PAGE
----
Flood Emergencies

Flooding can occur with little warning, but there are ways to stay informed. The National Weather Service issues flood warnings, watches and advisories as needed. The Village will issue a CodeRED alert and post the information on the Village communication channels described below under Warning Systems. 

Flash Flood Warning -Take Action! Issued when a flash flood is imminent or occurring.  If you are in a flood prone area, immediately move to high ground.

Flood Warning - Take Action!  Issued when hazardous weather is imminent or already happening. If you are in a flood prone area, immediately move to high ground. 

Flood Watch - Be Prepared!  Issued when conditions are favorable for flooding. It does not mean flooding will occur, but it is possible. Monitor USGS gages, CodeRED alerts and weather reports. Consider moving vehicles to higher ground and critical belongings to higher floors, especially if more rain is predicted overnight. 

Flood Advisory - Be Aware! Issued when flooding is not expected to be bad enough to issue a warning. Local rainfall can quickly escalate this to a watch or warning. Be aware of local conditions. Consider moving vehicles to higher ground as evening approaches if heavy rain is predicted overnight. 

  

Warning Systems


In addition to the Village’s CodeRED alerts, the following communication channels are used for updates during an emergency:

Please note if an emergency occurs after hours, only the Village's Facebook pages will be updated to provided the most timely information. 

When severe weather is a possibility, the Village encourages everyone to follow local news/weather channels or visit the National Weather Service website, weather.gov to monitor the situation. These entities have far more resources to monitor weather than the Village could ever have and will be your best source of information as the situation progresses.


Sandbagging
When properly filled and placed, sandbags can protect homes from low depth flooding of up to approximately two feet. Sandbags can be used to protect the low points where water can enter homes, such as window wells, stairwells, doorways or garage doors. The largest limitation of using sandbags is the time required to fill and place the bags.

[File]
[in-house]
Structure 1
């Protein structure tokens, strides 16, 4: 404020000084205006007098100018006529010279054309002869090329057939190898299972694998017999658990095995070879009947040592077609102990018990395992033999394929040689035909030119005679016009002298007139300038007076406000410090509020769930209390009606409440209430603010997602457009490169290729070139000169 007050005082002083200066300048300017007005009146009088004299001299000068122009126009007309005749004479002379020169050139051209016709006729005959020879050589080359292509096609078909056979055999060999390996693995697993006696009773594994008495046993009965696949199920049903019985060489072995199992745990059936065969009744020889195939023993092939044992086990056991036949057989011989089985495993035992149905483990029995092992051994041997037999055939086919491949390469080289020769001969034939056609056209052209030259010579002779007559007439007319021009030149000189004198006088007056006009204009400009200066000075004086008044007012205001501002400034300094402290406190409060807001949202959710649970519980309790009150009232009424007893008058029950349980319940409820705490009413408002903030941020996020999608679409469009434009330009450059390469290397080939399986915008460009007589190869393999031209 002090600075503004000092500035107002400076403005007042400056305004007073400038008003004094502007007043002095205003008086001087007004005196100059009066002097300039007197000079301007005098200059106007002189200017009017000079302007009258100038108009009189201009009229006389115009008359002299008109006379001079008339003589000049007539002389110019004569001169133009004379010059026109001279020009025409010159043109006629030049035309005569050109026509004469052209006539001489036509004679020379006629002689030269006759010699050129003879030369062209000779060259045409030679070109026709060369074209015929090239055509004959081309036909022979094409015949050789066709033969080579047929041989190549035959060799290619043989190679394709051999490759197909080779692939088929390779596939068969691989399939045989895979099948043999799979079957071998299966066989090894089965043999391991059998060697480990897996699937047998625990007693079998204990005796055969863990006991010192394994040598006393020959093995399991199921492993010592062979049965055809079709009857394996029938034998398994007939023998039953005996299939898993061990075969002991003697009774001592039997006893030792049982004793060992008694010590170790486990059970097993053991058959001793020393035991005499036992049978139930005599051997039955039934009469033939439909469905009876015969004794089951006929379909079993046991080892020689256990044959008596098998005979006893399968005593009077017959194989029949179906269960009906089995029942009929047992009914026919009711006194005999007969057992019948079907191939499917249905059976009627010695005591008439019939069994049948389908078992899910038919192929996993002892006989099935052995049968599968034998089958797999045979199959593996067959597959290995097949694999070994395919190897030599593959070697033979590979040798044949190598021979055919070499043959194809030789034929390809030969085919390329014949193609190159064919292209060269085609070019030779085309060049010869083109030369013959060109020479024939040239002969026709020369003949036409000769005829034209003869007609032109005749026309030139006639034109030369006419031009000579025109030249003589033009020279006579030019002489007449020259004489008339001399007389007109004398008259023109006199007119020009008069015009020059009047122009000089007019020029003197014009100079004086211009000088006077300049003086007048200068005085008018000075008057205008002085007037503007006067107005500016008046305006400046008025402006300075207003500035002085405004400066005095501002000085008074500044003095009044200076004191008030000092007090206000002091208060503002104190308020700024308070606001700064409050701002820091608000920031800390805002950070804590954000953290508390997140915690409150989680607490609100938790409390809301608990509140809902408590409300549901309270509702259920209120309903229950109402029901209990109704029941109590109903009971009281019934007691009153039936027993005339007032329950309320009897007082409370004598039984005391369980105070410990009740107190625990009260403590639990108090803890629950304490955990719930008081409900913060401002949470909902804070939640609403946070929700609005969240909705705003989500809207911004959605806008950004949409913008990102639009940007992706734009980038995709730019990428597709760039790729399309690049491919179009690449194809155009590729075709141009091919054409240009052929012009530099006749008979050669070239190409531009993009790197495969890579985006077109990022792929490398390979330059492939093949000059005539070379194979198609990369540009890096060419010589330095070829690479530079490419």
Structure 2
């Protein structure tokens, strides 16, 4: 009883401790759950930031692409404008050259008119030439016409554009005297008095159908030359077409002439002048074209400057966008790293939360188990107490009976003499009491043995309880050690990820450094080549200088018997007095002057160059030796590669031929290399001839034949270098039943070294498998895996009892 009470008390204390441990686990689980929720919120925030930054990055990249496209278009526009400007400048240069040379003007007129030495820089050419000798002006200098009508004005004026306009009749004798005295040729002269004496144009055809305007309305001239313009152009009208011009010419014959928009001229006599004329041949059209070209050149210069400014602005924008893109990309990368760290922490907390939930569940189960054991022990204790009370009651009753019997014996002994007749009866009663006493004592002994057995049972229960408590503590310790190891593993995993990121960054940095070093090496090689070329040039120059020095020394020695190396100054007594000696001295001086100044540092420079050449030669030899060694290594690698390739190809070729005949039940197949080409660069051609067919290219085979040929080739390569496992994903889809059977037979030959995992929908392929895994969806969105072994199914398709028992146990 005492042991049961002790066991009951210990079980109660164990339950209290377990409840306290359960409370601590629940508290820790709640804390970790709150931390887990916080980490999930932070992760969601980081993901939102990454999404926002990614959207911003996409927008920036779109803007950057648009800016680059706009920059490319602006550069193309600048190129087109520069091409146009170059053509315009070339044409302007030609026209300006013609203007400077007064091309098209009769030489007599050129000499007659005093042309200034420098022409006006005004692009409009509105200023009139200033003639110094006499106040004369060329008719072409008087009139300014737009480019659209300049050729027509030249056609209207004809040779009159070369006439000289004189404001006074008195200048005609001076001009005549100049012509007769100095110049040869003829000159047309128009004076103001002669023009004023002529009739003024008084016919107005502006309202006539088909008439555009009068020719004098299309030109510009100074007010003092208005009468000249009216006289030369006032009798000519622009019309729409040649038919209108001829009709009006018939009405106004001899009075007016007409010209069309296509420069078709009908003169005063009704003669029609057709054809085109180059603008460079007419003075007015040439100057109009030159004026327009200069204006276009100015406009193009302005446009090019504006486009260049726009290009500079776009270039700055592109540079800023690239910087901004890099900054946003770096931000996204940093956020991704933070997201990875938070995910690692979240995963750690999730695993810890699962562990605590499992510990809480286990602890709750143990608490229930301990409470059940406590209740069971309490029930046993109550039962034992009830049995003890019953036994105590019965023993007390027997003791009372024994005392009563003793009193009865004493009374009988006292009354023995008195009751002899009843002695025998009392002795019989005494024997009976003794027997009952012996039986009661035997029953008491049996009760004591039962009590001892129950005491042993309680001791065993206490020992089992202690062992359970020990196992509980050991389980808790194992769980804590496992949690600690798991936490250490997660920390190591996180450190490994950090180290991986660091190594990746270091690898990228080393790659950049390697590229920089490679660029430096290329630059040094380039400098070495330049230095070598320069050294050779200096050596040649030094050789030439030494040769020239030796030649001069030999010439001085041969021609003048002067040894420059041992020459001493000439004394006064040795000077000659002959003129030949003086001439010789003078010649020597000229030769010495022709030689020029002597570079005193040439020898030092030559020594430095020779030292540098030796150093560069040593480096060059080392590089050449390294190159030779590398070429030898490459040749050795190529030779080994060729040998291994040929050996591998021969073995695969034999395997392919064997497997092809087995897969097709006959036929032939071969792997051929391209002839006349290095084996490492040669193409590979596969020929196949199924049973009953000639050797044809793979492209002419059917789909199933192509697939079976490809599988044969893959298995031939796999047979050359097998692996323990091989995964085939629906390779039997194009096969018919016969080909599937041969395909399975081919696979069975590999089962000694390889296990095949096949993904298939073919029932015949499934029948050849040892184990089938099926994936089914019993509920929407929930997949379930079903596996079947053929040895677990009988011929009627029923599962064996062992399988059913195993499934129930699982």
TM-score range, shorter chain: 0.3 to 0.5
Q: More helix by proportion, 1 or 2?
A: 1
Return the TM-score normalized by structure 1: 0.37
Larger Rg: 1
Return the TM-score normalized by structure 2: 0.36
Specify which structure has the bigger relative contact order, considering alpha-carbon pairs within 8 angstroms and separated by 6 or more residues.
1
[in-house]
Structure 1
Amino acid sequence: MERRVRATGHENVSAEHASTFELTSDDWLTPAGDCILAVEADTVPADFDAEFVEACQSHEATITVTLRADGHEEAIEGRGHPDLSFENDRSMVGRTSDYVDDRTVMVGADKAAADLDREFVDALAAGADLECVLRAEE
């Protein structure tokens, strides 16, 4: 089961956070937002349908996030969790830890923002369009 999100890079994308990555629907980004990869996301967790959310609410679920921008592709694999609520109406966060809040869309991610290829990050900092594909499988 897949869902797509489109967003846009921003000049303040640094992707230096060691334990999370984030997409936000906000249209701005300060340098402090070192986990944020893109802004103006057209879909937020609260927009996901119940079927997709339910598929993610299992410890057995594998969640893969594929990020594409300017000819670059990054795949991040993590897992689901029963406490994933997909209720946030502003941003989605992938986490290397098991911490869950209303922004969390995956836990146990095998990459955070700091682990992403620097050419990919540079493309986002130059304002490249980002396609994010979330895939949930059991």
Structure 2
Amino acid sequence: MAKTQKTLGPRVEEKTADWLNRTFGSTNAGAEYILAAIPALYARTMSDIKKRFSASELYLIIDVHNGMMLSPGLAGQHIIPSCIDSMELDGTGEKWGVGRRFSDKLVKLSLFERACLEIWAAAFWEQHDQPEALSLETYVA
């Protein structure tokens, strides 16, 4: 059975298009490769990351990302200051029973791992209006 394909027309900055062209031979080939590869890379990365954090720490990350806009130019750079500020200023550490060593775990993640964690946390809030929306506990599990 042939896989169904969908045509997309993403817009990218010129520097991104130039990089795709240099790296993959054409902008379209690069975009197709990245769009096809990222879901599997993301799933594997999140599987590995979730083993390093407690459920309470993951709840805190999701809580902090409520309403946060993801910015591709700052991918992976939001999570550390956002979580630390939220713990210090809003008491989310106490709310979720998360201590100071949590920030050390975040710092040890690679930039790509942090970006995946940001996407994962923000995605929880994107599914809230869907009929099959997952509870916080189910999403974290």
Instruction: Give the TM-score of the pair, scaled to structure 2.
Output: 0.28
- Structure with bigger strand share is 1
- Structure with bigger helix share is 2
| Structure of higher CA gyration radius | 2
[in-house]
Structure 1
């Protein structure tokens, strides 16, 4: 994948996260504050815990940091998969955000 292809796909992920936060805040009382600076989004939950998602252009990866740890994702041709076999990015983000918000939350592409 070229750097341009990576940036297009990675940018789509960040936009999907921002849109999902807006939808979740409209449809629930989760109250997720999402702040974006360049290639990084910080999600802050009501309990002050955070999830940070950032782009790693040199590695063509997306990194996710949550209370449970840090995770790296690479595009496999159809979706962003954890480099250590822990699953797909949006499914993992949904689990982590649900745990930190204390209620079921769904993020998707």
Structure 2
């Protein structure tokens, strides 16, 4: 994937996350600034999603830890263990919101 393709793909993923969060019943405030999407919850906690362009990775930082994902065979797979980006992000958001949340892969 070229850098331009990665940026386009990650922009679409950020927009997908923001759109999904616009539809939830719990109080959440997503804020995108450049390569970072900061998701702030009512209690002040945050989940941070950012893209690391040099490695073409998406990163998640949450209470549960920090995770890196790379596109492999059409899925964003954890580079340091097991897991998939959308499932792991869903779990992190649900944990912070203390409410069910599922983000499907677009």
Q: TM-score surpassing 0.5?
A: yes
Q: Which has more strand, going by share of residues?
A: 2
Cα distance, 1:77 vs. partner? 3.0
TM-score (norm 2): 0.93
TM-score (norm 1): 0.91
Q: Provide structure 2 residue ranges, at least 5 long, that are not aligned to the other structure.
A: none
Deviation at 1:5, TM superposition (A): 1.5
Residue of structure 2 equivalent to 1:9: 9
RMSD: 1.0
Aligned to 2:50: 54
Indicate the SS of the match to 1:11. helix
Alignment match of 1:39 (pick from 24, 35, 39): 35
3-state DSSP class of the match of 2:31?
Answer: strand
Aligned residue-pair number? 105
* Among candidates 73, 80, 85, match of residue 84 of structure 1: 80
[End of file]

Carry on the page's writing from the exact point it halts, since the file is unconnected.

Sandbagging Instructions

  • Fill sandbags only 1/2 to 2/3 full
  • Fold top of sandbag down and under the placed bag
  • Place bags with the folded top toward the upstream or uphill direction to prevent bags from opening when water runs past them.
  • Place each sandbag in an overlapping pattern, completing each layer prior to starting the next layer. Limit placement to two layers unless a building is used as backing or sandbags are pyramided.
  • When protecting door or window, place plastic under and behind the bags.
           Fill sandbag cartoon            Sandbag cartoon placement

Sandbag Disposal 


Used sand bags are not collected by the Village. To properly dispose of used sandbags: 
  • Spread clean sand in an area where fill is permissible. 
  • Contaminated sand, that has come in contact with flood waters, may be disposed of in the garbage or spread in an area that will not allow for immediate human contact. Bacteria will dissipate with time and exposure to the elements.
  • Contaminated sand should not be placed in playgrounds, sandboxes or gardens. 

Sandbag Alternatives 

New to the market are a number of “sandless” sandbag options that vary in size and length, some of which are reusable. Sandless alternatives include bags that are the same size as regular sandbags but are filled with a material that swells when wet. Other sandbag options include long rubber tubes, which when filled with water, vary from 6 feet to 50 feet in length and from 6 inches to 2 feet in height. 

These alternatives allow homeowners to have the protection available in the home before a flood warning has been issued. These products are available primarily online with some options now available for pick up at home improvement stores. Common product names include Quick Dam, Floodsax, Stormbag, Hydrasorber, Hydrabarrier and Watercurb. Additional product details and website information is provided. Please note the Village of Swansea does not endorse any of these products. Please research each product to determine if they will meet your needs. 



Storm Debris in Disaster Areas 


To help people manage debris generated from the tornadoes or severe storms, the Illinois Environmental Protection Agency created a Storm Debris in Disaster Areas Fact Sheet (PDF) which explains how to safely dispose of storm waste.